Yet when Bush addressed the nation on April 13, he could not acknowledge—or remember—a single slipup in the ostensible first phase of the neoconservatives&rquo; self-appointed mission to remake the Middle East. Intending to invoke former President Ronald Reagan with his steely-eyed admonitions that America would not waver, he struck even the devoutly Reaganite Kristol as “depressing” in his bravado. The act is wearing thin.
The day after Bush’s speech, Nancy Lessin began a Washington news conference with a rousing denunciation of Bush’s “betrayal” of her family’s trust. Co-founder of Military Families Speak Out, which opposes the ongoing occupation, Lessin welcomed her stepson—a Marine—home from Iraq. Most of her fellow speakers were not so lucky—but they did share Lessin’s anger with the commander in chief.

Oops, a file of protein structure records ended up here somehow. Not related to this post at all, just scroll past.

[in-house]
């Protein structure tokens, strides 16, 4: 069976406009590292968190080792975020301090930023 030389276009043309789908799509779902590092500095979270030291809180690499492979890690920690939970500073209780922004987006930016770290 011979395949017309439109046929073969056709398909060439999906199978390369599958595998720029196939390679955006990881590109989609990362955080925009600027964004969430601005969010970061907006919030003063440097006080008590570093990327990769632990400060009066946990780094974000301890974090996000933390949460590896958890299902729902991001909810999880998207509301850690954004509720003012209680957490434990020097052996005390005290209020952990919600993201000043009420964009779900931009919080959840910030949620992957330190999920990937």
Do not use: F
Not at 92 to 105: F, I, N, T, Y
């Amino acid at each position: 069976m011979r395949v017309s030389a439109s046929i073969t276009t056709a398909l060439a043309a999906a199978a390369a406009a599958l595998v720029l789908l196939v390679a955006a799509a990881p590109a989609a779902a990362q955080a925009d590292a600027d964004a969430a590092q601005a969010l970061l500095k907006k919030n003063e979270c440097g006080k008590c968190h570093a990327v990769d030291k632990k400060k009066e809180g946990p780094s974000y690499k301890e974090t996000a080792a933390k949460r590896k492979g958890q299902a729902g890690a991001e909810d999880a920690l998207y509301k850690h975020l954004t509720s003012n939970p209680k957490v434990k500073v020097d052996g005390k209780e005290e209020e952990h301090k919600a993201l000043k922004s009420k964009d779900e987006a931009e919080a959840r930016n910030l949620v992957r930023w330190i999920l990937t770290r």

“All of the troops and all of their family members signed an oath, a contract, to defend country and constitution,” Lessin said. “But contracts have two sides.” Where, she asked, were the vaunted Iraqi weapons of mass destruction that were so dangerous as to mandate a preemptive strike? What connection had been proven between Saddam Hussein and Osama bin Laden? Why was the term “liberation” so absent from statements by Iraqis about the US presence in their country?
The fathers, mothers, wives and aunts whom Lessin introduced were not in a forgiving mood either about the now transparent fraud of the Bush administration’s justifications for the Iraq invasion. Said Annette Pritchard, whose nephew William Ramirez was killed on February 11, one month before his twentieth birthday: “The army keeps calling him a hero, but his mother says he was a victim.” Vicky Monk, whose son is in Iraq, sent this message to Bush: “You’ll be joining the other half of the country in the unemployment line, if I have anything to say about it.”